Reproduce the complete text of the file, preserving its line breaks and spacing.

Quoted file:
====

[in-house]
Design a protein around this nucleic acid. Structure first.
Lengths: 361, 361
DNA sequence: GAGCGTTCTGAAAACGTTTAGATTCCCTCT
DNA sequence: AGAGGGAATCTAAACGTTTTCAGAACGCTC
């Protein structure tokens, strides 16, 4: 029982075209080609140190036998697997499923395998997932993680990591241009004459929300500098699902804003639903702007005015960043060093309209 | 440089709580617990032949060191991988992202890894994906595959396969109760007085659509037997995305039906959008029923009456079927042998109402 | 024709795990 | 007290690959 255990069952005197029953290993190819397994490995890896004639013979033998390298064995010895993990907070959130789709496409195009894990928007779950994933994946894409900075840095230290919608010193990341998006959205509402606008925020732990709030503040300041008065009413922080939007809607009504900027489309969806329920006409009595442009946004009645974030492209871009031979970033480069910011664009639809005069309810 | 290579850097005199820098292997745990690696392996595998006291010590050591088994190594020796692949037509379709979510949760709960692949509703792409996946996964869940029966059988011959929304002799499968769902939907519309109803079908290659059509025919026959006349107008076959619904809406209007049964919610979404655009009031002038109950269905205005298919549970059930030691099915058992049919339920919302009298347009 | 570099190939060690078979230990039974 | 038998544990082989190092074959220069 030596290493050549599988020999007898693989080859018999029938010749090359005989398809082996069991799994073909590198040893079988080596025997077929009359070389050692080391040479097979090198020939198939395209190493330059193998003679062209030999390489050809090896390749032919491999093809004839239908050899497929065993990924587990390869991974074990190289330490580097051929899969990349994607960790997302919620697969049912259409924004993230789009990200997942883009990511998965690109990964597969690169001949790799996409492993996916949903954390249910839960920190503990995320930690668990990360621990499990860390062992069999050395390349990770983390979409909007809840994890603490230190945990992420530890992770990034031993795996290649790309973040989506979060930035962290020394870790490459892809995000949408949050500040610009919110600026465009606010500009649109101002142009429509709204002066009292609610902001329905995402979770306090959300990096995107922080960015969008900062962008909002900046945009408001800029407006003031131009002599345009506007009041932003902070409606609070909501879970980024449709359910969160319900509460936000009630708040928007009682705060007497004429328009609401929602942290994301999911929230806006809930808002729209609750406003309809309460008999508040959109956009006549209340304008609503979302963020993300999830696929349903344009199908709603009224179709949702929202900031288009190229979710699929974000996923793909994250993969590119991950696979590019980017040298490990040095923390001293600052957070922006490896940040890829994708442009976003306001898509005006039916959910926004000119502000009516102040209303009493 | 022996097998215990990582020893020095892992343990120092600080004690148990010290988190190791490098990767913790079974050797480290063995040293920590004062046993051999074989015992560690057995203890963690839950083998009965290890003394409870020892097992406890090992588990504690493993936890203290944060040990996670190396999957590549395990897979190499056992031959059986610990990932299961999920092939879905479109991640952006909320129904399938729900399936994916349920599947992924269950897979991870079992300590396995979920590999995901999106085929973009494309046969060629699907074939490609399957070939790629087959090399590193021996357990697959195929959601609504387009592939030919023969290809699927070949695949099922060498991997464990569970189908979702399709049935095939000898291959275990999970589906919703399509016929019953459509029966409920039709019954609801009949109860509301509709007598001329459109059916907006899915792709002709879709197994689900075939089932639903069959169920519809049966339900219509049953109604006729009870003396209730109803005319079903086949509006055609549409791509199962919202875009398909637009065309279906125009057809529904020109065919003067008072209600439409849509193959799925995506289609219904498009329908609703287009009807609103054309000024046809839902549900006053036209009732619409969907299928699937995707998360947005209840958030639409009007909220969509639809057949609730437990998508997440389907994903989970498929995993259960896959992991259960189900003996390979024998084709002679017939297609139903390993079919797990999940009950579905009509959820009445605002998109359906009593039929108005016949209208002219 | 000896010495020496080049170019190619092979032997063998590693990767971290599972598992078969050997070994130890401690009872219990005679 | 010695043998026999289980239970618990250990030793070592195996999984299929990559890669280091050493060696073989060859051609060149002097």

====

[in-house]
Design a protein around this nucleic acid. Structure first.
Lengths: 361, 361
DNA sequence: GAGCGTTCTGAAAACGTTTAGATTCCCTCT
DNA sequence: AGAGGGAATCTAAACGTTTTCAGAACGCTC
């Protein structure tokens, strides 16, 4: 029982075209080609140190036998697997499923395998997932993680990591241009004459929300500098699902804003639903702007005015960043060093309209 | 440089709580617990032949060191991988992202890894994906595959396969109760007085659509037997995305039906959008029923009456079927042998109402 | 024709795990 | 007290690959 255990069952005197029953290993190819397994490995890896004639013979033998390298064995010895993990907070959130789709496409195009894990928007779950994933994946894409900075840095230290919608010193990341998006959205509402606008925020732990709030503040300041008065009413922080939007809607009504900027489309969806329920006409009595442009946004009645974030492209871009031979970033480069910011664009639809005069309810 | 290579850097005199820098292997745990690696392996595998006291010590050591088994190594020796692949037509379709979510949760709960692949509703792409996946996964869940029966059988011959929304002799499968769902939907519309109803079908290659059509025919026959006349107008076959619904809406209007049964919610979404655009009031002038109950269905205005298919549970059930030691099915058992049919339920919302009298347009 | 570099190939060690078979230990039974 | 038998544990082989190092074959220069 030596290493050549599988020999007898693989080859018999029938010749090359005989398809082996069991799994073909590198040893079988080596025997077929009359070389050692080391040479097979090198020939198939395209190493330059193998003679062209030999390489050809090896390749032919491999093809004839239908050899497929065993990924587990390869991974074990190289330490580097051929899969990349994607960790997302919620697969049912259409924004993230789009990200997942883009990511998965690109990964597969690169001949790799996409492993996916949903954390249910839960920190503990995320930690668990990360621990499990860390062992069999050395390349990770983390979409909007809840994890603490230190945990992420530890992770990034031993795996290649790309973040989506979060930035962290020394870790490459892809995000949408949050500040610009919110600026465009606010500009649109101002142009429509709204002066009292609610902001329905995402979770306090959300990096995107922080960015969008900062962008909002900046945009408001800029407006003031131009002599345009506007009041932003902070409606609070909501879970980024449709359910969160319900509460936000009630708040928007009682705060007497004429328009609401929602942290994301999911929230806006809930808002729209609750406003309809309460008999508040959109956009006549209340304008609503979302963020993300999830696929349903344009199908709603009224179709949702929202900031288009190229979710699929974000996923793909994250993969590119991950696979590019980017040298490990040095923390001293600052957070922006490896940040890829994708442009976003306001898509005006039916959910926004000119502000009516102040209303009493 | 022996097998215990990582020893020095892992343990120092600080004690148990010290988190190791490098990767913790079974050797480290063995040293920590004062046993051999074989015992560690057995203890963690839950083998009965290890003394409870020892097992406890090992588990504690493993936890203290944060040990996670190396999957590549395990897979190499056992031959059986610990990932299961999920092939879905479109991640952006909320129904399938729900399936994916349920599947992924269950897979991870079992300590396995979920590999995901999106085929973009494309046969060629699907074939490609399957070939790629087959090399590193021996357990697959195929959601609504387009592939030919023969290809699927070949695949099922060498991997464990569970189908979702399709049935095939000898291959275990999970589906919703399509016929019953459509029966409920039709019954609801009949109860509301509709007598001329459109059916907006899915792709002709879709197994689900075939089932639903069959169920519809049966339900219509049953109604006729009870003396209730109803005319079903086949509006055609549409791509199962919202875009398909637009065309279906125009057809529904020109065919003067008072209600439409849509193959799925995506289609219904498009329908609703287009009807609103054309000024046809839902549900006053036209009732619409969907299928699937995707998360947005209840958030639409009007909220969509639809057949609730437990998508997440389907994903989970498929995993259960896959992991259960189900003996390979024998084709002679017939297609139903390993079919797990999940009950579905009509959820009445605002998109359906009593039929108005016949209208002219 | 000896010495020496080049170019190619092979032997063998590693990767971290599972598992078969050997070994130890401690009872219990005679 | 010695043998026999289980239970618990250990030793070592195996999984299929990559890669280091050493060696073989060859051609060149002097």